by Guest Blogger: Alexandra Armstrong
I’ve been on an intense campaign to convince my husband that he wants to be a Civil War re-enactor. I’ve done everything I know to do to persuade him.
I appealed to his masculinity by promising I would henceforth refer to him as “The General.”
I tried to enlist friends — I thought they might be interested in being re-enactors — to exert peer pressure on Gary to go along.
I even dusted off some feminine wiles that were highly influential in bygone years.
I’ve gotten nowhere.
There is nothing about being a Civil War re-enactor that appeals to Gary. He’s not interested in American history, he doesn’t like acting and he loathes tent camping with a special hate.
I know these things, but I still want him to squelch his revulsion and get with my program.
Because I have a desire to wear long, hoop-skirted dresses somewhere, and Civil War re-enactments seem to be the most appropriate venue for this.
My husband finds my fantasy, as well as my campaign to realize it, mildly amusing. I find that exasperating.
To be honest, isn’t it also exasperating when we can’t get God to do what we want him to do? We put everything we’ve got into crafting an attractive deal with him, and he still doesn’t get with our program.
We don’t get that job, relationship, test result, credit, reconciliation, justice or relief that we asked for. When we realize that God’s “no” is firm, we’re deeply disappointed and ripe for resentment.
It’s so easy to forget the precepts we’ve learned from Our Lord’s Prayer. We know that before we ask for daily bread, we ask for God’s will to be done — on earth as it is in heaven.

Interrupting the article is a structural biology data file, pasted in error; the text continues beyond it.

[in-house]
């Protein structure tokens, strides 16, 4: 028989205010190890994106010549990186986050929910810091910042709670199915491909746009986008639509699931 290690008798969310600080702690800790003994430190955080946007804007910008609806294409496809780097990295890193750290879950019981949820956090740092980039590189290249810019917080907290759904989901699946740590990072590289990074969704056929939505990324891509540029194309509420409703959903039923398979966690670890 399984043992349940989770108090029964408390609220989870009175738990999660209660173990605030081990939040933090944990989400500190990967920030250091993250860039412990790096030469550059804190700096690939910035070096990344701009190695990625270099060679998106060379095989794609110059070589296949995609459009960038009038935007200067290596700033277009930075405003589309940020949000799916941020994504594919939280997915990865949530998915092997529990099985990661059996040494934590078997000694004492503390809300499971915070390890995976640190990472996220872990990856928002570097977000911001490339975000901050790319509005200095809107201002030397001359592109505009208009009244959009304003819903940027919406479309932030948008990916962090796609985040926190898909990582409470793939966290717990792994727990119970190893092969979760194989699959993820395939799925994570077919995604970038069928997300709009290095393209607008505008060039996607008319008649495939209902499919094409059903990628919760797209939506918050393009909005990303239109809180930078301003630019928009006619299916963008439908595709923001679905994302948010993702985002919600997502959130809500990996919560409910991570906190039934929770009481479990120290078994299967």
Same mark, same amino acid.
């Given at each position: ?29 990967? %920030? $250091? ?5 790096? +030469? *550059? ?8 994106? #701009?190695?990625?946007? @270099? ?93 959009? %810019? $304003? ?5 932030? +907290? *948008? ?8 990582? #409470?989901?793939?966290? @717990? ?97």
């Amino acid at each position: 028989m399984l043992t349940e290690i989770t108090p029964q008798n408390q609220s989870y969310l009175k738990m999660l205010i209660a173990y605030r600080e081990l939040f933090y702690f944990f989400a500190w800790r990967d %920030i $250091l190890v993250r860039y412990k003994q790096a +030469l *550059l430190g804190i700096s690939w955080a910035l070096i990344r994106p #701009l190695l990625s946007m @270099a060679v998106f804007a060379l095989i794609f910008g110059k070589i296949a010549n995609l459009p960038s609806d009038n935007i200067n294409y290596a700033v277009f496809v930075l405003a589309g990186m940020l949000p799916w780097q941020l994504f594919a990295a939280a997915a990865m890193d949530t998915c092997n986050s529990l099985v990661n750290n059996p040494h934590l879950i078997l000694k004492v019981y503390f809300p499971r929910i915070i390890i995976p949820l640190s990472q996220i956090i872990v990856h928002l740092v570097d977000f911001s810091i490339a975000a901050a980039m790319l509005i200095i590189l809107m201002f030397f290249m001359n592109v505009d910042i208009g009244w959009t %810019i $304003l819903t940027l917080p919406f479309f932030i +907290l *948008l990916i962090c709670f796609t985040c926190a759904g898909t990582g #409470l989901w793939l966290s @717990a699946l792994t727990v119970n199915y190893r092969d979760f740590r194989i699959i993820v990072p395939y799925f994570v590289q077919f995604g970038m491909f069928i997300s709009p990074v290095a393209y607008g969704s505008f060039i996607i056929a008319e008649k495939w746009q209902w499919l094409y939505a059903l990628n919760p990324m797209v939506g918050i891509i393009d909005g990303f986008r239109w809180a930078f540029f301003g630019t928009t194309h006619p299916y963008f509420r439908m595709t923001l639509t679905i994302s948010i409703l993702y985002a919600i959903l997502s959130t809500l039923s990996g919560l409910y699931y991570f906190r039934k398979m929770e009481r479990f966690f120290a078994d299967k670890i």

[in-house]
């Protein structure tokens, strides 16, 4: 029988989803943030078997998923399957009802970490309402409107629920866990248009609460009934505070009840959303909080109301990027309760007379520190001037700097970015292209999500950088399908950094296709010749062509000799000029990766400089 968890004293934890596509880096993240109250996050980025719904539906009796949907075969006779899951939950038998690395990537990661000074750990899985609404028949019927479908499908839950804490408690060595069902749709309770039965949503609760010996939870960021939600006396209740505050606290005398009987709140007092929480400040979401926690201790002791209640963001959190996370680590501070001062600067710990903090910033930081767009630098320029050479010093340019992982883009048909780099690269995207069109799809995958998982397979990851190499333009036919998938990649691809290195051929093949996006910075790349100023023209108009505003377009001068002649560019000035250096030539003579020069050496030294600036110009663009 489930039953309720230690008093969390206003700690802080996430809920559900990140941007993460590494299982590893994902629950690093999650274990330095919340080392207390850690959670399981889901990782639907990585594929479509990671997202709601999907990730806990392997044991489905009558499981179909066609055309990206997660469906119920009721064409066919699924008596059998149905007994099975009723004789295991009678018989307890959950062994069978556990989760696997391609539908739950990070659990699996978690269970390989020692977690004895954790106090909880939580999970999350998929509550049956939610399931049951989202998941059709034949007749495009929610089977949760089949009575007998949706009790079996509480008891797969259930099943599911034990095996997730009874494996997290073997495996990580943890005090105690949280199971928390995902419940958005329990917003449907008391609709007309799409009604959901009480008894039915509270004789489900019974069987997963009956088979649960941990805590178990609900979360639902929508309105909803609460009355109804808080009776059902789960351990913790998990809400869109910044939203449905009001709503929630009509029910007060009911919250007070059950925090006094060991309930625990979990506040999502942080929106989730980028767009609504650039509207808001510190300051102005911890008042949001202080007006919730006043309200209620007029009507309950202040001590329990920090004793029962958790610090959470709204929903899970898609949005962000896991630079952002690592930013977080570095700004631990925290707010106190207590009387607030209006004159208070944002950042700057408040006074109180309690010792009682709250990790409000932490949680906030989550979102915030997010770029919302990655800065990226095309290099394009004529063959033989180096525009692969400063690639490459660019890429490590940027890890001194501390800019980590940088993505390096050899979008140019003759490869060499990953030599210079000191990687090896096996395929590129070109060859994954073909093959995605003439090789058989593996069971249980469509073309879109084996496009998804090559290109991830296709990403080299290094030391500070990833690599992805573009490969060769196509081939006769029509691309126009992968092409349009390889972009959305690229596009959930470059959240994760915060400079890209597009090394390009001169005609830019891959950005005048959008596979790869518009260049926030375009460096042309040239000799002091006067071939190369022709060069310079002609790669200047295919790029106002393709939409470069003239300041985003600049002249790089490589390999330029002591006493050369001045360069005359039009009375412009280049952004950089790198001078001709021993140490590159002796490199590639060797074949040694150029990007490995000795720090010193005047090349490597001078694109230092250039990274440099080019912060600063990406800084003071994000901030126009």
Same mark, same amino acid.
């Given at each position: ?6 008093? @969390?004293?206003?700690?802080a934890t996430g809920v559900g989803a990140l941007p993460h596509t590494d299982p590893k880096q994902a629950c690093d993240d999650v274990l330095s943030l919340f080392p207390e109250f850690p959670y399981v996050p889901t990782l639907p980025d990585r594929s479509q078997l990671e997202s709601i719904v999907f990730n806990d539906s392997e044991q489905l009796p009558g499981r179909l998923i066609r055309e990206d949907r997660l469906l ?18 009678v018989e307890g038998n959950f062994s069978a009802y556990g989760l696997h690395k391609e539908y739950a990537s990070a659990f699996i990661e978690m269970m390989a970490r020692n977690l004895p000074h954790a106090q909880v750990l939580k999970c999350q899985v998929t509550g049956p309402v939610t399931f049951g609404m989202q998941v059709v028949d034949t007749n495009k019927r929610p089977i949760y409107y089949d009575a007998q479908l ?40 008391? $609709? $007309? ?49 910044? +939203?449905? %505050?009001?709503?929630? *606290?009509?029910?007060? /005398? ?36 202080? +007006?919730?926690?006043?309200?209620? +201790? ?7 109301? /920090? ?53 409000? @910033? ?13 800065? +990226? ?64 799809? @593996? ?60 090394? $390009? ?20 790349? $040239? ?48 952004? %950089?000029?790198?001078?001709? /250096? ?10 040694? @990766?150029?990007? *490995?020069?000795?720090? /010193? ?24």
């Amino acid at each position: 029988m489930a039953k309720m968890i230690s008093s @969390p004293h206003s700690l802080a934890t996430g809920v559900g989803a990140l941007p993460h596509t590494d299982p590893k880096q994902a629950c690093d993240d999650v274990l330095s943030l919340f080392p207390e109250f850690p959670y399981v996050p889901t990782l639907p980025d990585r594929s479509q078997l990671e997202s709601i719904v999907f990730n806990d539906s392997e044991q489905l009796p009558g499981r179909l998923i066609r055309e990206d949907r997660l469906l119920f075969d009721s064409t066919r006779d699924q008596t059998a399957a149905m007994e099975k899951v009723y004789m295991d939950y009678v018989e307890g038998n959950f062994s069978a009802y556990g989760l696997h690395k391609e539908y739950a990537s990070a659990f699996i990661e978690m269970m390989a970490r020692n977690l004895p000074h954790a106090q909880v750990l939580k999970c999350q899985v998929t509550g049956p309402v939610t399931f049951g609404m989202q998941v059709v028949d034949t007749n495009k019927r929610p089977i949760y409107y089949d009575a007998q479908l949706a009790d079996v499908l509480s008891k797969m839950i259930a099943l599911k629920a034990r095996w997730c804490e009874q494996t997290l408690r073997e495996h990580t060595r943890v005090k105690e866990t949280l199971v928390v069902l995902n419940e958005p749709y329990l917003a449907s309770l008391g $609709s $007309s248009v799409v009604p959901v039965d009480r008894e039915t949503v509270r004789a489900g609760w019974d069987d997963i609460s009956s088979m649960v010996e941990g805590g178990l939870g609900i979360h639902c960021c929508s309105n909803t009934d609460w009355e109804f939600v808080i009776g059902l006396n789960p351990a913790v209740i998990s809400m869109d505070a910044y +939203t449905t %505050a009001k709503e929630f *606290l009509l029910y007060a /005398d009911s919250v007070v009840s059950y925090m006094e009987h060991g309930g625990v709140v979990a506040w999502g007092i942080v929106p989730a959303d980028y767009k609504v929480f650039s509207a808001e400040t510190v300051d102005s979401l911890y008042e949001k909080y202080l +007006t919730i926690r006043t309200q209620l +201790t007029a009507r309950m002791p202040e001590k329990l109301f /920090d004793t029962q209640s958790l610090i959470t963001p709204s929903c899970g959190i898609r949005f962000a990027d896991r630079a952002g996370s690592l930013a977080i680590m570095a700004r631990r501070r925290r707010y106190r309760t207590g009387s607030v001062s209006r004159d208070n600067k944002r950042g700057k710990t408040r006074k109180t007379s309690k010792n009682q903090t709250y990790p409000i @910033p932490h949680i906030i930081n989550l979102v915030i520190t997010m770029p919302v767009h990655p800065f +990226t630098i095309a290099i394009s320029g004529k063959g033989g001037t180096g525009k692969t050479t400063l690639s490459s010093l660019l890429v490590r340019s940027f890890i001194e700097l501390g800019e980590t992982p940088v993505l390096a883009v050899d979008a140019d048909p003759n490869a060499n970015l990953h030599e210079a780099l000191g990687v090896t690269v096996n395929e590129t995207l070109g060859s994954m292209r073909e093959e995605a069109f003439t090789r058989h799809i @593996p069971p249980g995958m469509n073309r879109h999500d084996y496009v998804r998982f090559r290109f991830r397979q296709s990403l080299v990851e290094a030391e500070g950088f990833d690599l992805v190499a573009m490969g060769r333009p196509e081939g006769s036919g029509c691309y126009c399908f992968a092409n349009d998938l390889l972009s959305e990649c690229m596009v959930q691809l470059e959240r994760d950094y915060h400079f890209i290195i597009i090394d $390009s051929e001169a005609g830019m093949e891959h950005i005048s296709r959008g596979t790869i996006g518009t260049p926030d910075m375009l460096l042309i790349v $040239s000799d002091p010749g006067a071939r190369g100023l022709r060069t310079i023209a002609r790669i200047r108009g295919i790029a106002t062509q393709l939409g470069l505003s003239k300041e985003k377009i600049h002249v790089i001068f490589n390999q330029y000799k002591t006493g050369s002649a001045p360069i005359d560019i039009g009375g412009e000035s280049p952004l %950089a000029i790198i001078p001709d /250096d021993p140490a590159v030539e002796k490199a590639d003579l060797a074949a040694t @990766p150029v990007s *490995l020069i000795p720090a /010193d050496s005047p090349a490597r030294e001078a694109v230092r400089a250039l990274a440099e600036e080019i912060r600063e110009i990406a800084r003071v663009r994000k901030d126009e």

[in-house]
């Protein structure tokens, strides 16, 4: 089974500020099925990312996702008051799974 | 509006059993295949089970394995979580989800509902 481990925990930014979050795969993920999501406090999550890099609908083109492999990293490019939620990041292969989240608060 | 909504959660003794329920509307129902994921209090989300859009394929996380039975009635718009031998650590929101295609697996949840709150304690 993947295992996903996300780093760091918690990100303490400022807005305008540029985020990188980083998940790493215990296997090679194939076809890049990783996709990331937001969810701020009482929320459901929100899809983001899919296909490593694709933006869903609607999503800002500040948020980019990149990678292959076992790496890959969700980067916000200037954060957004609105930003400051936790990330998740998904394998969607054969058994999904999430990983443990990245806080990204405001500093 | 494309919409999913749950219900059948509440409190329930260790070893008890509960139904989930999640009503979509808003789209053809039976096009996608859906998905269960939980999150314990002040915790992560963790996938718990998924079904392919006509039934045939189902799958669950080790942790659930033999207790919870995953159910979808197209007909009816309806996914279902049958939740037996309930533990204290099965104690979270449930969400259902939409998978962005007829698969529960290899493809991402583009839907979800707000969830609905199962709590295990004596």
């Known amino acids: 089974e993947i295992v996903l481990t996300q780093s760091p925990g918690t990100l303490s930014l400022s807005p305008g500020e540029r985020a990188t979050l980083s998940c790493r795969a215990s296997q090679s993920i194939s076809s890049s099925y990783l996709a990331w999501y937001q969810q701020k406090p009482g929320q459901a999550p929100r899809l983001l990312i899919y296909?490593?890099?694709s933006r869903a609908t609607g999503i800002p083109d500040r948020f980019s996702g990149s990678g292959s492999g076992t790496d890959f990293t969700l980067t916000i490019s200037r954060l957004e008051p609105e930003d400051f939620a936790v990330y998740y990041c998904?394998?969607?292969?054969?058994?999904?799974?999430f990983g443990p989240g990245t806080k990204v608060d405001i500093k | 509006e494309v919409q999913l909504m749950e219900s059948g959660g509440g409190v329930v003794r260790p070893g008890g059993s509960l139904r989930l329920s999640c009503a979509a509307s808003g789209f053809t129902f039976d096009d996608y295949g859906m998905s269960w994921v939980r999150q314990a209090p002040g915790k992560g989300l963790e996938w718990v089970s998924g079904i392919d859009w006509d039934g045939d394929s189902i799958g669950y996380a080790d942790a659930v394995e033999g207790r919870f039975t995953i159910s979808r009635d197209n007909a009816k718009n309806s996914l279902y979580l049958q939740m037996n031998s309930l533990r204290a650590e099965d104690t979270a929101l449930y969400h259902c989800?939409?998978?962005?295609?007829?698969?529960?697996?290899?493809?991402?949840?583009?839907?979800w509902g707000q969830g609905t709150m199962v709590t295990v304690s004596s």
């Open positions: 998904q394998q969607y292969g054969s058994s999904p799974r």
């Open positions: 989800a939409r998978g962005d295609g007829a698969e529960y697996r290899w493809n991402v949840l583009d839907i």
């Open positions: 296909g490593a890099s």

His program takes precedence over our petitions. So if we ask for something that’s not in synch with God’s faultless will for us, he mercifully refuses our ignorant request.
On the other hand, if we would learn to align our appeals with all that he’s revealed of his will in Scripture (no need to chase mysterious secret wills), then we have this assurance: “And this is the confidence that we have toward him, that if we ask anything according to his will he hears us. And if we know that he hears us in whatever we ask, we know that we have the requests that we have asked of him” (1 John 5:14-15).
For example, we know from Scripture it is God’s will that we love him with all of our heart, soul, mind and strength. We know that we don’t do this because we still want what we want — more than we want what he wants. But if we ask God to help us love him more deeply by conforming our desires to his, that’s a petition he won’t refuse.
It’s true what Catholic hymn writer Frederick William Faber (who wrote “Faith of Our Fathers,” which is in most Protestant hymnals) said: “There are no disappointments to those whose wills are buried in the will of God.”